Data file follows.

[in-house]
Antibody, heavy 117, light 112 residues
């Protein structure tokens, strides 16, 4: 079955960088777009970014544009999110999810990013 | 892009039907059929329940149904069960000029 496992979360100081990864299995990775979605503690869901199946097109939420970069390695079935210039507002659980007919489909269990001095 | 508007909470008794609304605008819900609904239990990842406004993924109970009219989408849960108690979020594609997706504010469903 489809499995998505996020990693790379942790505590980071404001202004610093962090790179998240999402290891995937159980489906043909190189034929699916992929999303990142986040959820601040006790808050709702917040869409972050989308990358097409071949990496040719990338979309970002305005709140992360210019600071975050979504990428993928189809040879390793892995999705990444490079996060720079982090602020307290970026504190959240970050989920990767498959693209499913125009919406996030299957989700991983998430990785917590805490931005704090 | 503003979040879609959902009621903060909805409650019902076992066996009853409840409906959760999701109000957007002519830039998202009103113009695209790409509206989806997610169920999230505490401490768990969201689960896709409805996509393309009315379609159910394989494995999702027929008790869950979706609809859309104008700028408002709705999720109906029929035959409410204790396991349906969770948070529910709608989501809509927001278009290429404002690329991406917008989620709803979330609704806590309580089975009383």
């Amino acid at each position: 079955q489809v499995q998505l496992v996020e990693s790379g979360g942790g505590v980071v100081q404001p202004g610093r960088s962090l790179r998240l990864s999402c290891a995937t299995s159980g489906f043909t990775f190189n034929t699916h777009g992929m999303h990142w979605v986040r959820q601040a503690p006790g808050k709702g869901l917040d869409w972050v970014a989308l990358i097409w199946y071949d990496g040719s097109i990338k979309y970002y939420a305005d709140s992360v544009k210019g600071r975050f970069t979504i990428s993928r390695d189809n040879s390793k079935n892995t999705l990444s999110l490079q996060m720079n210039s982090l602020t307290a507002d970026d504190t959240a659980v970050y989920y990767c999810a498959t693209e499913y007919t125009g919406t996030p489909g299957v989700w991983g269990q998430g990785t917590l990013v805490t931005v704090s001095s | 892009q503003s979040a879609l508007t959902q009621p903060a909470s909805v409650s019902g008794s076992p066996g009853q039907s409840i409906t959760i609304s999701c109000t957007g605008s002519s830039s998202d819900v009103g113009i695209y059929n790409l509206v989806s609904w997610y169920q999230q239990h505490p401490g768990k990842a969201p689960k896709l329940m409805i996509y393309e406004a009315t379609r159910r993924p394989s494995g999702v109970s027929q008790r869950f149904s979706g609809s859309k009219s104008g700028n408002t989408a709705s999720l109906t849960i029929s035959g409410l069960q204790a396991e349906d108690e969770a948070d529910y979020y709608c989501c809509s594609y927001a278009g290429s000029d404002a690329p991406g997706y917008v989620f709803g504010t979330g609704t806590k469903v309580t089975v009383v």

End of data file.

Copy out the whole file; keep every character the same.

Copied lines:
[in-house]
Antibody, heavy 117, light 112 residues
């Protein structure tokens, strides 16, 4: 079955960088777009970014544009999110999810990013 | 892009039907059929329940149904069960000029 496992979360100081990864299995990775979605503690869901199946097109939420970069390695079935210039507002659980007919489909269990001095 | 508007909470008794609304605008819900609904239990990842406004993924109970009219989408849960108690979020594609997706504010469903 489809499995998505996020990693790379942790505590980071404001202004610093962090790179998240999402290891995937159980489906043909190189034929699916992929999303990142986040959820601040006790808050709702917040869409972050989308990358097409071949990496040719990338979309970002305005709140992360210019600071975050979504990428993928189809040879390793892995999705990444490079996060720079982090602020307290970026504190959240970050989920990767498959693209499913125009919406996030299957989700991983998430990785917590805490931005704090 | 503003979040879609959902009621903060909805409650019902076992066996009853409840409906959760999701109000957007002519830039998202009103113009695209790409509206989806997610169920999230505490401490768990969201689960896709409805996509393309009315379609159910394989494995999702027929008790869950979706609809859309104008700028408002709705999720109906029929035959409410204790396991349906969770948070529910709608989501809509927001278009290429404002690329991406917008989620709803979330609704806590309580089975009383």
């Amino acid at each position: 079955q489809v499995q998505l496992v996020e990693s790379g979360g942790g505590v980071v100081q404001p202004g610093r960088s962090l790179r998240l990864s999402c290891a995937t299995s159980g489906f043909t990775f190189n034929t699916h777009g992929m999303h990142w979605v986040r959820q601040a503690p006790g808050k709702g869901l917040d869409w972050v970014a989308l990358i097409w199946y071949d990496g040719s097109i990338k979309y970002y939420a305005d709140s992360v544009k210019g600071r975050f970069t979504i990428s993928r390695d189809n040879s390793k079935n892995t999705l990444s999110l490079q996060m720079n210039s982090l602020t307290a507002d970026d504190t959240a659980v970050y989920y990767c999810a498959t693209e499913y007919t125009g919406t996030p489909g299957v989700w991983g269990q998430g990785t917590l990013v805490t931005v704090s001095s | 892009q503003s979040a879609l508007t959902q009621p903060a909470s909805v409650s019902g008794s076992p066996g009853q039907s409840i409906t959760i609304s999701c109000t957007g605008s002519s830039s998202d819900v009103g113009i695209y059929n790409l509206v989806s609904w997610y169920q999230q239990h505490p401490g768990k990842a969201p689960k896709l329940m409805i996509y393309e406004a009315t379609r159910r993924p394989s494995g999702v109970s027929q008790r869950f149904s979706g609809s859309k009219s104008g700028n408002t989408a709705s999720l109906t849960i029929s035959g409410l069960q204790a396991e349906d108690e969770a948070d529910y979020y709608c989501c809509s594609y927001a278009g290429s000029d404002a690329p991406g997706y917008v989620f709803g504010t979330g609704t806590k469903v309580t089975v009383v």